Acoustic Emission & Other NDT Inspection

Testing Cryogenic Tank Walls with AE


Large cryogenic tanks can contain high risk products such as ammonia, butane and propane.

20,000-ton ammonia tank with 95 AE sensors

mounted for in-service testing

High frequency AE sensors are attached at typically a 6-meter spacing over the entire test area.


Where the vessel is insulated with very thick insulation, the sensors are often mounted permanently underneath the insulation and cabled back to a connection point, so that repeat installation costs are not incurred.


The fluid level in the vessel is then increased while monitoring for acoustic emission. The fluid level has to be preferably below 95% of maximum for the six months prior to the test. It then has to be increased slowly to 100%.


Following the test, the AE data is processed to remove any extraneous noise, this is known as interpretation. The severity of emission is then assessed against a database known as evaluation. This method gives clearly-defined grading system with interpretation and recommendation:


A Very minor source None

B Minor source Visual external inspection

C Source further Evaluation/possibly NDT

D Active source Immediate follow-up NDT

E Intense source Immediate action


In some cases, it is possible to obtain a more precise indication of the emission source by analyzing arrival times for the stress waves at each sensor in the same way that earthquakes are located. For this to be possible, the stress waves must be energetic enough to reach three sensors. This is most likely in the case where cracking is the source.


Acoustic methods of tank inspection can offer considerable financial, safety and environmental benefits by providing information on tank integrity without draining or incurring extensive down time. The tests are non-invasive and pose no threat to the integrity of the tank. When used as part of a predictive maintenance program for tanks, they allow maintenance resources to be targeted to the areas with problems, thereby minimizing costs while focusing on problem tanks.

When ammonia tanks are taken out of service for inspection and repair, oxygen enters the tank and this tends to restart the corrosion process once again.


Benefits of AE Testing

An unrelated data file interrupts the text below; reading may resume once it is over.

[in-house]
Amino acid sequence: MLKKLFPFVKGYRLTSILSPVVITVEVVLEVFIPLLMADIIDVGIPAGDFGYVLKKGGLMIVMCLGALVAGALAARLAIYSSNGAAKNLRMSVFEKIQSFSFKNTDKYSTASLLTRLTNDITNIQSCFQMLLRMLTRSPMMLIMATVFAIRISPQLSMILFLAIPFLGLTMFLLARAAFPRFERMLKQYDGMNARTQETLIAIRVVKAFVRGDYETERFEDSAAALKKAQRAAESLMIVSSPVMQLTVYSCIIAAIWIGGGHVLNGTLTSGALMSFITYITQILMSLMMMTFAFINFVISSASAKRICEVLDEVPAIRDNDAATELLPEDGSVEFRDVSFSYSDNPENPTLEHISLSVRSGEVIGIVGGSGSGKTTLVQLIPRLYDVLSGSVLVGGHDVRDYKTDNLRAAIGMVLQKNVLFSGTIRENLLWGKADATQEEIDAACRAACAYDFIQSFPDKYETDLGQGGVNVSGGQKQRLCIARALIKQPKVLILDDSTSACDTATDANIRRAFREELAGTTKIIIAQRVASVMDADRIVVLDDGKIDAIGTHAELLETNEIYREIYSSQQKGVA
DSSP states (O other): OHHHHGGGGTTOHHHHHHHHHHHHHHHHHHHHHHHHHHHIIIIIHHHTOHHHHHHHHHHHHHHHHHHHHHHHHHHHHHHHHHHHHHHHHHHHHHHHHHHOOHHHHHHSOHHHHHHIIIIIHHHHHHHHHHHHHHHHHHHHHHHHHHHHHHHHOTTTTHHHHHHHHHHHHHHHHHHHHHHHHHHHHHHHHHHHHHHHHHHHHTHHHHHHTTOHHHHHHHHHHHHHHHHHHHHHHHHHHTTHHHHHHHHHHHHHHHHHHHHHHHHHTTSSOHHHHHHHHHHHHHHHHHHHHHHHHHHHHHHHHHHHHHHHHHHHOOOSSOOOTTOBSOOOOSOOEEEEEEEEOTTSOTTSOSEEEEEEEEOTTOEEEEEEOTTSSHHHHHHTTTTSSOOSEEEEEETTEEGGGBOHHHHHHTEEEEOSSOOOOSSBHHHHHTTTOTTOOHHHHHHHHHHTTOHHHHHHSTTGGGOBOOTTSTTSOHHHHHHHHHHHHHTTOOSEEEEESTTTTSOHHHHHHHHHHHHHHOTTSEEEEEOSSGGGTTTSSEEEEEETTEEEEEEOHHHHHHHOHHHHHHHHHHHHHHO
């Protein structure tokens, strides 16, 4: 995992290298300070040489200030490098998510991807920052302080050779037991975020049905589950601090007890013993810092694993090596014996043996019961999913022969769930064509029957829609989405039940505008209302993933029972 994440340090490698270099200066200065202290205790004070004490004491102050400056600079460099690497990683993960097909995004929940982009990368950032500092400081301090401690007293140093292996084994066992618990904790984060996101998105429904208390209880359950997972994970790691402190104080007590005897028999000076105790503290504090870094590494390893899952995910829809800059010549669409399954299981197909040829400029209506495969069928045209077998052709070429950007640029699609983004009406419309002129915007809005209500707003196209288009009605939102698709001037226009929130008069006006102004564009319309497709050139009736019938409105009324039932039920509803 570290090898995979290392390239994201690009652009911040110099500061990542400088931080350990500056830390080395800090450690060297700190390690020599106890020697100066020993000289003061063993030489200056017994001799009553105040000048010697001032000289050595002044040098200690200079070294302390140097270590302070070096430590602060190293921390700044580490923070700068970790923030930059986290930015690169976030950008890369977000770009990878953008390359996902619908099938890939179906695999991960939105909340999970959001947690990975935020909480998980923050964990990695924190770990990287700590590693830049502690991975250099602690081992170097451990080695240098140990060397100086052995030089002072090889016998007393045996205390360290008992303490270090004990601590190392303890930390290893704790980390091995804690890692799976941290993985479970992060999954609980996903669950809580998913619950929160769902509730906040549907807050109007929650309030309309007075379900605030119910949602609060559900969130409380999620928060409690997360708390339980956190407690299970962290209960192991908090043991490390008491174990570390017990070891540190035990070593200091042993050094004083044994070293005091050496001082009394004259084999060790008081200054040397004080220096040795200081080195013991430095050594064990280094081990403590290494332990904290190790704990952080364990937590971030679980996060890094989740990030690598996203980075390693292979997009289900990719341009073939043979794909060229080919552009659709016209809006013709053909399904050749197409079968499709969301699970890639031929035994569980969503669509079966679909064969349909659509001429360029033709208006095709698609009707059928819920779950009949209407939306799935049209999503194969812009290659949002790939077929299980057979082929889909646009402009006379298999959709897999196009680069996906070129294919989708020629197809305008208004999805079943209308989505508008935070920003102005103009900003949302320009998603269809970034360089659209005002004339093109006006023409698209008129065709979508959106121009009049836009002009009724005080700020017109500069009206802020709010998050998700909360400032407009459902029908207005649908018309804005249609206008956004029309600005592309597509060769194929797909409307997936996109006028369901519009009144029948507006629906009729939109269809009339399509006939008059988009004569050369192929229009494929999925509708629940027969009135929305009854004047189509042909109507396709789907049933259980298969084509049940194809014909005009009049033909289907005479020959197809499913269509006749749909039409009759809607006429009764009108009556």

Global Monitoring - Sensors detect AE signals from considerable distances, making this method ideal for global monitoring of large vessels and systems. Identified problem areas can then be inspected using other NDT methods.

Minor Disturbance of Insulation - Only small holes in insulation are required for sensor mounting. On high-temperature applications, waveguides are used to contact the surface. Sensors are then mounted outside the insulation.

On-Line Testing. Opening a tank introduces oxygen into the tank. When the tank is put back into service the corrosion process starts all over again. For most storage vessels, on-line testing is possible either by filling it with product, introducing gas into the vapor space, controlling the temperature or other process parameters.


Cost Reduction. In ammonia applications, it can cost up to $1,000,000 just for a nitrogen purge. The cost increases further when you add thousands of dollars for scaffolding and the cost of traditional ultrasonic or other traditional inspection, not to mention lost production time. The use of AE can reduce plant maintenance costs considerably, while increasing the information available about plant integrity. Plant downtime for inspection is also minimized.


Rapid Inspection - The actual AE test takes a matter of hours, and in some cases, considerably less. No comparable method can provide 100% volumetric inspection in the same amount of time.


Permanent Record of Test - Data is digitized and stored on disk, providing a permanent record of the test that can be reanalyzed at any time.